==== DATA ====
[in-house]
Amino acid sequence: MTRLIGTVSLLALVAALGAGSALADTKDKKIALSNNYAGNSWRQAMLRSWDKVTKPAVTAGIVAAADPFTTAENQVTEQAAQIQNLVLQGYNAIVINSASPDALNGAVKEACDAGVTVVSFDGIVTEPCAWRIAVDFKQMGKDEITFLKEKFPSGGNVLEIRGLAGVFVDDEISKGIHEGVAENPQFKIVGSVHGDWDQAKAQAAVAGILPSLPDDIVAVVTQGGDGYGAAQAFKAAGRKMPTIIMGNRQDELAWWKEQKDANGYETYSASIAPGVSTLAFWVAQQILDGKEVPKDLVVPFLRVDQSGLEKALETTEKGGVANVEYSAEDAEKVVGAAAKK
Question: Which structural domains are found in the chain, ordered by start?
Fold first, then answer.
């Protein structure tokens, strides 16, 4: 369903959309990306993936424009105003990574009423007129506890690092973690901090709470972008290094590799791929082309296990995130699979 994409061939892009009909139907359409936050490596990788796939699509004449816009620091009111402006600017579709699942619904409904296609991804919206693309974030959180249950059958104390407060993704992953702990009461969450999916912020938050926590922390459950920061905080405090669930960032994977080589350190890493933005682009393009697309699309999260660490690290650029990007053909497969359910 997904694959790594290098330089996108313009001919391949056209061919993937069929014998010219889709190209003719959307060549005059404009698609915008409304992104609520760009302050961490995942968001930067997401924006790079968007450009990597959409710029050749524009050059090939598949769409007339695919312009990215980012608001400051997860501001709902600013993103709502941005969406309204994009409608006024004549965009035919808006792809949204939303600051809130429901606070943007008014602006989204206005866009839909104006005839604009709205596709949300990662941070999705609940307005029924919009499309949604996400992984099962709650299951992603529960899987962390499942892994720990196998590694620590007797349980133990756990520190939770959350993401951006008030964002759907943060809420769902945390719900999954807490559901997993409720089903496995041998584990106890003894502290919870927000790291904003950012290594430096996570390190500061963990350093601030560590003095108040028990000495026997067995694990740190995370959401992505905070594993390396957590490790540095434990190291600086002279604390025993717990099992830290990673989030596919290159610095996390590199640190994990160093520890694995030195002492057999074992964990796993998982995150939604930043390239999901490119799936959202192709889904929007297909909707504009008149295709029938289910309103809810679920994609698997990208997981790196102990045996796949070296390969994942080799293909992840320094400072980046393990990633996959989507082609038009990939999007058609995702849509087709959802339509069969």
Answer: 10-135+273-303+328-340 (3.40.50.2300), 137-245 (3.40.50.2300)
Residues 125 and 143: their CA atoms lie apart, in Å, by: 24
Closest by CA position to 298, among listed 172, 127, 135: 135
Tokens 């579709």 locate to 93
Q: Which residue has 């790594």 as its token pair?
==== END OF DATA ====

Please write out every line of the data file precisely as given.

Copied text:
[in-house]
Amino acid sequence: MTRLIGTVSLLALVAALGAGSALADTKDKKIALSNNYAGNSWRQAMLRSWDKVTKPAVTAGIVAAADPFTTAENQVTEQAAQIQNLVLQGYNAIVINSASPDALNGAVKEACDAGVTVVSFDGIVTEPCAWRIAVDFKQMGKDEITFLKEKFPSGGNVLEIRGLAGVFVDDEISKGIHEGVAENPQFKIVGSVHGDWDQAKAQAAVAGILPSLPDDIVAVVTQGGDGYGAAQAFKAAGRKMPTIIMGNRQDELAWWKEQKDANGYETYSASIAPGVSTLAFWVAQQILDGKEVPKDLVVPFLRVDQSGLEKALETTEKGGVANVEYSAEDAEKVVGAAAKK
Question: Which structural domains are found in the chain, ordered by start?
Fold first, then answer.
């Protein structure tokens, strides 16, 4: 369903959309990306993936424009105003990574009423007129506890690092973690901090709470972008290094590799791929082309296990995130699979 994409061939892009009909139907359409936050490596990788796939699509004449816009620091009111402006600017579709699942619904409904296609991804919206693309974030959180249950059958104390407060993704992953702990009461969450999916912020938050926590922390459950920061905080405090669930960032994977080589350190890493933005682009393009697309699309999260660490690290650029990007053909497969359910 997904694959790594290098330089996108313009001919391949056209061919993937069929014998010219889709190209003719959307060549005059404009698609915008409304992104609520760009302050961490995942968001930067997401924006790079968007450009990597959409710029050749524009050059090939598949769409007339695919312009990215980012608001400051997860501001709902600013993103709502941005969406309204994009409608006024004549965009035919808006792809949204939303600051809130429901606070943007008014602006989204206005866009839909104006005839604009709205596709949300990662941070999705609940307005029924919009499309949604996400992984099962709650299951992603529960899987962390499942892994720990196998590694620590007797349980133990756990520190939770959350993401951006008030964002759907943060809420769902945390719900999954807490559901997993409720089903496995041998584990106890003894502290919870927000790291904003950012290594430096996570390190500061963990350093601030560590003095108040028990000495026997067995694990740190995370959401992505905070594993390396957590490790540095434990190291600086002279604390025993717990099992830290990673989030596919290159610095996390590199640190994990160093520890694995030195002492057999074992964990796993998982995150939604930043390239999901490119799936959202192709889904929007297909909707504009008149295709029938289910309103809810679920994609698997990208997981790196102990045996796949070296390969994942080799293909992840320094400072980046393990990633996959989507082609038009990939999007058609995702849509087709959802339509069969």
Answer: 10-135+273-303+328-340 (3.40.50.2300), 137-245 (3.40.50.2300)
Residues 125 and 143: their CA atoms lie apart, in Å, by: 24
Closest by CA position to 298, among listed 172, 127, 135: 135
Tokens 């579709």 locate to 93
Q: Which residue has 């790594």 as its token pair?